Sunday, July 07, 2013

The Week before Ramadan - Days 5 to 7: the return journey

After my two nights in Abha, about which you must have read in my previous entry, I was reluctant to even start on my return journey, but I had to, since I was expected back on duty the coming Sunday! I woke up at about eight a.m., and left the hotel at about nine. I intended to cover the distance. At that time, it had taken 7 1/2 to eight hours, at an average speed of just about 45 kmph. I now felt a lot more confident about the road, and planned to complete the 350 km journey in about six hours, give or take.

I still had my camera by my side, in case something interesting came up. I was going to look for old Abha-style houses, and perhaps some more street furniture. In the event, I got myself a lot of interesting pictures. While the pictures tell their own story, I have done some research on these heritage houses and would like to share them with you.

Historically, building designs and materials in Saudi Arabia were dictated by the climate, geography and resources available. In the Asir province, as the region is mountainous, there is a good degree of rainfall, esp. during March and April, and later, during the summer months. The houses of olden times needed protection from rain, and hailstones. They were designed as roughly squarish blocks with multiple flanges of mud on the exterior walls to allow the water to drain off without damaging the walls. This is the result of such an architecture: 
A building right inside Abha city near the Mobile phones market

Samsan village inside Abha has these ancient homes even today

Broken down home outside Abha

A broken cylindrical column, also typical of Asir province.

A broken cylindrical column on my way back to Al Baha

Near Namas, on my way back to Al Baha

The artifact I purchased from a vendor at the Al Soudaa is similar to the first picture above. It appears that many modern builders try to replicate the shape and design of these old homes. I witnessed this when I drove about town on my second day in Abha. 
This is a mosque with architectural design similar to the ancient homes

This is a modern residence, but the building looks a bit old.
Be that as it may, the search for old homes threw a lot of interesting stuff, didn't it? 

Okay, so I stopped at Billahmer for a late breakfast ... at a Pakistani restaurant, where I had a vegetable dish with roti; and later, at Bani Amr for tea. Other than these two stops, I drove non-stop to Al Baha. I made an average time of about 63 kmph, and reached Al Baha at about 2.30 p.m., which means that I covered the distance in just over 5 1/2 hours. At Al Baha, I had a decent lunch at the Madinah restaurant (also Pakistani). My lunch consisted of kheema and roti, followed by a glass of milk-tea. After this, I set off straight to Ta'if.

I covered this leg of 220 km in about 3 hours, more possibly because of the delay inside Ta'if, with a lot of vehicles and traffic regulation on account of the vacation crowds. I was finally in Ta'if at half past five, or perhaps six p.m. As the return route passed by the garage of Mr. Chowdhary, I went straight to him to resolve some minor issues with my car. He was extremely cooperative. After he had tinkered with my car, we parted, and I went to my hotel (the Ahle Saif) and registered my stay at a discounted price of SR 150 per night. Mr. Chowdhary and I had decided to go to the Chinese restaurant inside the Panda restaurant for dinner, so I had to await his coming to my hotel to pick my up. This time, too, he footed the entire bill!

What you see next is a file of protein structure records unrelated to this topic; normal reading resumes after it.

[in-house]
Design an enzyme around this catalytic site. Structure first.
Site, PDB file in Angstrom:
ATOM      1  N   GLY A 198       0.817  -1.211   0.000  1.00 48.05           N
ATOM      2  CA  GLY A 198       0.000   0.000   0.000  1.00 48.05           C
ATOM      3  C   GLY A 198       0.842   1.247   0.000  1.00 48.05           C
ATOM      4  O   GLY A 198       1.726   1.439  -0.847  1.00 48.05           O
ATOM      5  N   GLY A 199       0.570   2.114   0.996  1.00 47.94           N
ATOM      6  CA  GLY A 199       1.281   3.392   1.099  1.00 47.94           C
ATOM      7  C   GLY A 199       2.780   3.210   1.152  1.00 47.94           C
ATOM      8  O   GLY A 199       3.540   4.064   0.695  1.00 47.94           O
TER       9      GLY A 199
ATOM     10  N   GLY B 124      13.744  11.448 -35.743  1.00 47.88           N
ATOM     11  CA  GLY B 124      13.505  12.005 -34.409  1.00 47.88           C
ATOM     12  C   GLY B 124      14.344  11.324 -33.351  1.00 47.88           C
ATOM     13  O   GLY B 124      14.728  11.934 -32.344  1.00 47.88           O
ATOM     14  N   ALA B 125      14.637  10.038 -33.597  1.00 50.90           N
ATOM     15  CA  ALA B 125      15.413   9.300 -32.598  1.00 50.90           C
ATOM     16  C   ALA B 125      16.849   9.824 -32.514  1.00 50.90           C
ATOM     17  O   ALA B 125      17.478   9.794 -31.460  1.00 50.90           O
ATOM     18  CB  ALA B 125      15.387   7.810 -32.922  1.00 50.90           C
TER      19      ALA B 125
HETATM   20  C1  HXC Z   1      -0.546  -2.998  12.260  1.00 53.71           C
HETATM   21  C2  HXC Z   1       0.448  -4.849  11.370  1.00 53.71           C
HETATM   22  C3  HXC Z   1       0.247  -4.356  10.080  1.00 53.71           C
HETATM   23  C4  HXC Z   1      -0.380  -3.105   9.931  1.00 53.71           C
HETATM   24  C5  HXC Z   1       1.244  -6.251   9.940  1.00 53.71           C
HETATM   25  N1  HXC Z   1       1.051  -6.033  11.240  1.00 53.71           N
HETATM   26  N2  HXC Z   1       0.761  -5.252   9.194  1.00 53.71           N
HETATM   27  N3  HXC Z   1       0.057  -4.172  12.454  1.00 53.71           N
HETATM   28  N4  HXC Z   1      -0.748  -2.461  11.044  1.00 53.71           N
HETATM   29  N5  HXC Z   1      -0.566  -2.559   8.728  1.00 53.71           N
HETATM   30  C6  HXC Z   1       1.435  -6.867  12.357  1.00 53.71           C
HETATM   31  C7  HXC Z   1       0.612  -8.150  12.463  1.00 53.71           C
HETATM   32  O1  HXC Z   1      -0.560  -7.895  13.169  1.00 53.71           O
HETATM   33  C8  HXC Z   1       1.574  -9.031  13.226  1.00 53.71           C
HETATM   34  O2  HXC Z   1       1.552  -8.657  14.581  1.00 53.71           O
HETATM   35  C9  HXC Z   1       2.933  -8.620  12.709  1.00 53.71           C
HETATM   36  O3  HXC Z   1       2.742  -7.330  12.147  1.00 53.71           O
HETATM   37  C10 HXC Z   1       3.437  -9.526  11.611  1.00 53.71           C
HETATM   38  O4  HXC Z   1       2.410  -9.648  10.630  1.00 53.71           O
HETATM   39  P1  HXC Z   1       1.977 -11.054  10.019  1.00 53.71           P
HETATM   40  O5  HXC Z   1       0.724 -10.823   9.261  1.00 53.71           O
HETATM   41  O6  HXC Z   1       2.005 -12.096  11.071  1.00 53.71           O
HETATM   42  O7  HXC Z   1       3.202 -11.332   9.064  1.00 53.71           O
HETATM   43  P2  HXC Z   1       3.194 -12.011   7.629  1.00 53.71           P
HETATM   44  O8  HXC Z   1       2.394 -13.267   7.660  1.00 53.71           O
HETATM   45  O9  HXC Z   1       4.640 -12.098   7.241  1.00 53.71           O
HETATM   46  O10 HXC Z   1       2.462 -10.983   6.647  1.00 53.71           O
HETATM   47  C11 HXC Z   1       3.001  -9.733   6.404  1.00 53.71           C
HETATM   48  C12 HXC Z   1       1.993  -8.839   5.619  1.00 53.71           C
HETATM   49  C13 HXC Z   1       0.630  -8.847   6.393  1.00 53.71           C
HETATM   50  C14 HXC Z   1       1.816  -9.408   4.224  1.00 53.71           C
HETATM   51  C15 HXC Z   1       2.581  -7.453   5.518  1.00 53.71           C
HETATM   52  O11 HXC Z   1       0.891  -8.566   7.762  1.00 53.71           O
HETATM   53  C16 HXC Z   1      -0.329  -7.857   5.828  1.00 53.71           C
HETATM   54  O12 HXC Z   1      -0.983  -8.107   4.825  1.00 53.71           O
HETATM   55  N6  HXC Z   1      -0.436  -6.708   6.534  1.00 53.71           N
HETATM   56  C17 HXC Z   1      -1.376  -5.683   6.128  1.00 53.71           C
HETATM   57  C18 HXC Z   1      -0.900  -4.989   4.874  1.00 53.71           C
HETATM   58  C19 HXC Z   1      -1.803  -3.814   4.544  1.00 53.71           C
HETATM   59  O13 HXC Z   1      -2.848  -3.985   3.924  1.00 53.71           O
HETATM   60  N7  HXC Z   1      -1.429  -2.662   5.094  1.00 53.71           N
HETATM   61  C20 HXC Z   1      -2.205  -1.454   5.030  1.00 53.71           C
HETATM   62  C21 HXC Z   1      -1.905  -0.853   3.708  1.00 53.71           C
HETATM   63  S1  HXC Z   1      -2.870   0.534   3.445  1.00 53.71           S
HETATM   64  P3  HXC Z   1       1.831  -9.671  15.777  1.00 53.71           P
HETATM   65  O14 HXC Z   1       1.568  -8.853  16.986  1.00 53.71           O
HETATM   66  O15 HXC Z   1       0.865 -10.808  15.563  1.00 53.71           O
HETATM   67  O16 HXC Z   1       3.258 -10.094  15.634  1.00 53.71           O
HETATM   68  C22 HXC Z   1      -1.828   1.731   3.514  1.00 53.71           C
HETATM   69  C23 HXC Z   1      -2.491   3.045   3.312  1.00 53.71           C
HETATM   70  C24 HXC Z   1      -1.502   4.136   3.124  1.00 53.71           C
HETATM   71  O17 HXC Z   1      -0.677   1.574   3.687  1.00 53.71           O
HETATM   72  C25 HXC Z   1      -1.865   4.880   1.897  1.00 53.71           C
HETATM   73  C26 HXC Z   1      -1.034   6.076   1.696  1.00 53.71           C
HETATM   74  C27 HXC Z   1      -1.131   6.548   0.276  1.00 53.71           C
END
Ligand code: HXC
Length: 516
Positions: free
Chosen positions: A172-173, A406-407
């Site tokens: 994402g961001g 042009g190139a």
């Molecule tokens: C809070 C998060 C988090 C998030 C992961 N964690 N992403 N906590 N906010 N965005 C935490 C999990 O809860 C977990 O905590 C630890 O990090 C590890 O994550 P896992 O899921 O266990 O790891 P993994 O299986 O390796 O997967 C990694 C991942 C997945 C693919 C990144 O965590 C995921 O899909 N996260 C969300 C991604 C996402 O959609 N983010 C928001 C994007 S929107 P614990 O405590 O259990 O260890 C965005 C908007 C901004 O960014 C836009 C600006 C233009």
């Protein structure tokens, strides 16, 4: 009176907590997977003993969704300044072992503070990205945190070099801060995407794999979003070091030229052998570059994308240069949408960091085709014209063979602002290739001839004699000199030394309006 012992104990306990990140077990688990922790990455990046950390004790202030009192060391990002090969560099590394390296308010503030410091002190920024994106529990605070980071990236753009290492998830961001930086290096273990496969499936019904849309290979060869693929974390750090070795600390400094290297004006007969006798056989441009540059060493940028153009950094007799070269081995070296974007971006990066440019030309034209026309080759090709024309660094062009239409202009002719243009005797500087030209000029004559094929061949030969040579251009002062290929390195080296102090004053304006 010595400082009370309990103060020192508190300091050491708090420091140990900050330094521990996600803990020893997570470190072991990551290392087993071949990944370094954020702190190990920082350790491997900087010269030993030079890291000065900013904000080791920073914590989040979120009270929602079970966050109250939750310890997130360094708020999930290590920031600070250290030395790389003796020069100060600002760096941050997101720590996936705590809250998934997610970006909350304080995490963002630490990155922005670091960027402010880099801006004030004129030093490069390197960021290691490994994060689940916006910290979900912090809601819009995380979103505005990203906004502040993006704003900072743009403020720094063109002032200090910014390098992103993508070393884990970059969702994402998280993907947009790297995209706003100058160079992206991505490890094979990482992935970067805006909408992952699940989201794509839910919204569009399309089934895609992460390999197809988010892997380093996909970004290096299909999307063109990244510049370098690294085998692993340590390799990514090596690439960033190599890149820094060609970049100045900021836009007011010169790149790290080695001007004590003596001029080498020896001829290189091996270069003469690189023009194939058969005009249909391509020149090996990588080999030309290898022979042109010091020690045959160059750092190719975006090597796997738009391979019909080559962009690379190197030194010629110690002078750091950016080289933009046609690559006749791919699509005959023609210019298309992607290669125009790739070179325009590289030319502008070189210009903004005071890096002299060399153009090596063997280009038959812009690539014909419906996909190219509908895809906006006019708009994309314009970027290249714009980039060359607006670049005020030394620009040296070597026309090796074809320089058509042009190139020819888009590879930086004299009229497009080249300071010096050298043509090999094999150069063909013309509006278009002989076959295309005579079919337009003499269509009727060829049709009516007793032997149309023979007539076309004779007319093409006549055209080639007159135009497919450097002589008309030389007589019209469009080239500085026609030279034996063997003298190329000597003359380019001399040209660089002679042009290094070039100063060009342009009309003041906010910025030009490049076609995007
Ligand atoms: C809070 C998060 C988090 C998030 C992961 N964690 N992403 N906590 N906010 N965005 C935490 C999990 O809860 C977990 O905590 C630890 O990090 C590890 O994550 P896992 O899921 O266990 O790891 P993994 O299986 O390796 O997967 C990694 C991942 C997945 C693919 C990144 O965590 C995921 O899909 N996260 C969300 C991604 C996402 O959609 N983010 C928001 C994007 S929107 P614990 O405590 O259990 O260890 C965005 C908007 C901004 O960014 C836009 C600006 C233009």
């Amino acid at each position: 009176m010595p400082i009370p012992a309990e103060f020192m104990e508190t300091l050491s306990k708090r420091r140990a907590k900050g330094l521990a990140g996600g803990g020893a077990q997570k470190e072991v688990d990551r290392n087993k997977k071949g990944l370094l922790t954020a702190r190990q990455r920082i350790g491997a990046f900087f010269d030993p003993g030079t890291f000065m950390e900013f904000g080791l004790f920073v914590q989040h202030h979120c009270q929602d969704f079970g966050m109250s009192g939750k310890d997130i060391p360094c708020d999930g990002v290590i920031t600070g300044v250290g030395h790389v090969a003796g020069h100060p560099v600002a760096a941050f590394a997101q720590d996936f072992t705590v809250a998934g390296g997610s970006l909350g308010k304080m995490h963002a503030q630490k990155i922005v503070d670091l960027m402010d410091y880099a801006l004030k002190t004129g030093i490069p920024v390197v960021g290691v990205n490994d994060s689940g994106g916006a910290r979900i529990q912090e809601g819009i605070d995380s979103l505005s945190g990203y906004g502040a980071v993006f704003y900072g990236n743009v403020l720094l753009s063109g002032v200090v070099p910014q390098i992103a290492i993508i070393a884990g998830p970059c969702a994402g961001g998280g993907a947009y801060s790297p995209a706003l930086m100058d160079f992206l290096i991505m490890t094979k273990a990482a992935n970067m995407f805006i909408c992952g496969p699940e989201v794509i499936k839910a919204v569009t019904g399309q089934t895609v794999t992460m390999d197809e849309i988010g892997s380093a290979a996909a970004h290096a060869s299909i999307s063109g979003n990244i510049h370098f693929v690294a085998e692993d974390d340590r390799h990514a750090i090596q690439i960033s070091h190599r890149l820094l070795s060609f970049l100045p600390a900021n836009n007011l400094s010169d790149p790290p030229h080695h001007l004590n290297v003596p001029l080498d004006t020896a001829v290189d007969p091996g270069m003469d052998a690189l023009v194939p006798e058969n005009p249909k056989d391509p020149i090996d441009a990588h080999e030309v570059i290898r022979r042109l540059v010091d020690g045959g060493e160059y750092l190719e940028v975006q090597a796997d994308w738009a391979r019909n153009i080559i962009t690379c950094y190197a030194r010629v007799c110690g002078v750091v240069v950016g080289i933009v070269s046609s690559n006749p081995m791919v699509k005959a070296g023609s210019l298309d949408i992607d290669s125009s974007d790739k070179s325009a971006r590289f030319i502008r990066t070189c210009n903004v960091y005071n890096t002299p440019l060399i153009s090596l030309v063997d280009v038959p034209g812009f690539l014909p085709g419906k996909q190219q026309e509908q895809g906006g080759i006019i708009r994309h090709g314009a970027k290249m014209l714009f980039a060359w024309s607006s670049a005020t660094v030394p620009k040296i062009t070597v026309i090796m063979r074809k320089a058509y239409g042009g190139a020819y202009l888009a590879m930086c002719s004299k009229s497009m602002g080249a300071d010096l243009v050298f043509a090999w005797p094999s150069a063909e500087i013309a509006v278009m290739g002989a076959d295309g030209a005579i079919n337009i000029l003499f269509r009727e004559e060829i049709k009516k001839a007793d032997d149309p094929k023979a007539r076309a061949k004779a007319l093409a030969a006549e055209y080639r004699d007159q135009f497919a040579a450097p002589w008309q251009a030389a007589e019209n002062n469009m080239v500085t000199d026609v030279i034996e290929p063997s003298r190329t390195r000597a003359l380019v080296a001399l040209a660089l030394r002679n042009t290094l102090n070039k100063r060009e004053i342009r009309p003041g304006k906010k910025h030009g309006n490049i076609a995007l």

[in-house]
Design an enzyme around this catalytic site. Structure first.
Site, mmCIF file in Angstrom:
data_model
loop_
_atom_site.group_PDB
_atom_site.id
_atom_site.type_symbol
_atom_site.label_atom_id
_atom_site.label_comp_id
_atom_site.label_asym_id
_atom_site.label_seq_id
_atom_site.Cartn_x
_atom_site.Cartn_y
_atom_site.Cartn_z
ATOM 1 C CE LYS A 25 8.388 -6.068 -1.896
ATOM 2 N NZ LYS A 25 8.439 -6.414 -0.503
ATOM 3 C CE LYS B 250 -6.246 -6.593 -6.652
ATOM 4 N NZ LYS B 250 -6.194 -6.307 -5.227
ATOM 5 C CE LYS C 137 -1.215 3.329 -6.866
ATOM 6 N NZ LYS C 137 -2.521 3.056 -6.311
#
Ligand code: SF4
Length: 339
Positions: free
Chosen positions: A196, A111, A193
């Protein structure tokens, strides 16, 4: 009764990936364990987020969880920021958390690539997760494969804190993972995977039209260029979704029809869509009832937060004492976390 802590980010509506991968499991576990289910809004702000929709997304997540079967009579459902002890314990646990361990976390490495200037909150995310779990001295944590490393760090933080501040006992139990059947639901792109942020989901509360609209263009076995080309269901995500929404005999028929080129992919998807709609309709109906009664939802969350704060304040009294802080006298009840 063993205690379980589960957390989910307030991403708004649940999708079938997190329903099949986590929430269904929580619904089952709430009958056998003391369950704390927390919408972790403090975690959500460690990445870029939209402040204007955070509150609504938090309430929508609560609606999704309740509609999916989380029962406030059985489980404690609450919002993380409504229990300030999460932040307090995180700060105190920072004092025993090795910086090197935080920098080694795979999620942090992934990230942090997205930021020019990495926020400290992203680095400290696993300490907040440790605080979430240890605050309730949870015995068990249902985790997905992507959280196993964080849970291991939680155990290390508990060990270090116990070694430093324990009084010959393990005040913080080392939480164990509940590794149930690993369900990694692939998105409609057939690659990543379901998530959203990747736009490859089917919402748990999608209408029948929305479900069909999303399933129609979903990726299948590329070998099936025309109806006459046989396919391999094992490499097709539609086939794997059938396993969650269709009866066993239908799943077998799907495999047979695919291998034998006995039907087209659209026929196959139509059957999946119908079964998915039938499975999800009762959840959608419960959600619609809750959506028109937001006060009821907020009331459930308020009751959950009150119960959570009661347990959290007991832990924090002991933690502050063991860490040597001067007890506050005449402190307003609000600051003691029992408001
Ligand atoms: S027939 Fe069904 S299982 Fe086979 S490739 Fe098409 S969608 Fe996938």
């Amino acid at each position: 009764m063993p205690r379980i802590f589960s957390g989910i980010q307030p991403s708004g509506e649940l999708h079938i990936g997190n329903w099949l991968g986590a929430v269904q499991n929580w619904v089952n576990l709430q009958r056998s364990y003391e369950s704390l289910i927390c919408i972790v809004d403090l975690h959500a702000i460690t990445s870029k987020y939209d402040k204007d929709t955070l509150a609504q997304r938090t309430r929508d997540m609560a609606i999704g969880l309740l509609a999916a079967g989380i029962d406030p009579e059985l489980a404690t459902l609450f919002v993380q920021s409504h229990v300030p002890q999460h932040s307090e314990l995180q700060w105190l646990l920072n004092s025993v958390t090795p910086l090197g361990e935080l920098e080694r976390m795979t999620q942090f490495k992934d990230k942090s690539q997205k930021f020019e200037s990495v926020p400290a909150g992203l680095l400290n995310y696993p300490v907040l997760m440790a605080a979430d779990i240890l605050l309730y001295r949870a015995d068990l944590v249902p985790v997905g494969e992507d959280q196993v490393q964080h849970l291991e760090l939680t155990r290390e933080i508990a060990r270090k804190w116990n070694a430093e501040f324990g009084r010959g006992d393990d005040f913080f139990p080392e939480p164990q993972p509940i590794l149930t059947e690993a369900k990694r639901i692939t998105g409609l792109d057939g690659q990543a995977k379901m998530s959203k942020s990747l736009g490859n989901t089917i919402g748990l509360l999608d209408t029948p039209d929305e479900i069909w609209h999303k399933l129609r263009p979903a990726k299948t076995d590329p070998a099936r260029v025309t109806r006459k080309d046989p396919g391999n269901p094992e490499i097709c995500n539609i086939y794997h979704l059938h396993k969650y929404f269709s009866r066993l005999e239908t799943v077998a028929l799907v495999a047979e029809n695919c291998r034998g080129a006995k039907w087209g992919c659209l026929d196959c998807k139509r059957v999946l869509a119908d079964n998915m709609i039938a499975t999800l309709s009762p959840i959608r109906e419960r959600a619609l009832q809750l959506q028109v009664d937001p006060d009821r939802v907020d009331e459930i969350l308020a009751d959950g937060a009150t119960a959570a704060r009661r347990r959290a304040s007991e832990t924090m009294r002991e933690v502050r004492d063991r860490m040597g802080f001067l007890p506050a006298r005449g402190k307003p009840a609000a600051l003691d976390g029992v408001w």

There is something new I learned: during the weekends, the mall is open to men only until 10 p.m. After this, the mall is open only for families, and single males are asked to leave. Thus, while we were eating our dinner (in the males-only area), some unescorted females entered here, and the watchman came to us and asked us to finish our meals early so that the females could eat their food in peace! I think this was a highly unfair thing to do, but there is no use fighting the establishment in the Kingdom, so we just finished our dinner as quickly as we could and left. During the last ten minutes, the watchman came to nudge us with increasing irritation in his voice at least three or four times. At the same time, the females who had already come in and were sitting with their unopened food packets kept glaring at us as if their glares could drive us away or make us disappear. So rude, isn't it? 

After dinner, we went to a roadside coffee outlet and had Mocha coffee with cream - a delightful combination. I said my good-byes after this and returned to my hotel.

I spent the next two nights in Ta'if with no specific agenda other than a visit to the bank to transfer part of my recent salary amount to India, and doing a little shopping. On the third afternoon, after Asr' prayers, I checked out, and returned to Al Muwayh, reaching there at half past six on Saturday evening. 

It had been an absolutely absorbing, enjoyable vacation ... lasting for six nights and seven days. It has fed my appetite for travel, but only made me more curious to discover more of the Kingdom as and when the opportunities present themselves.

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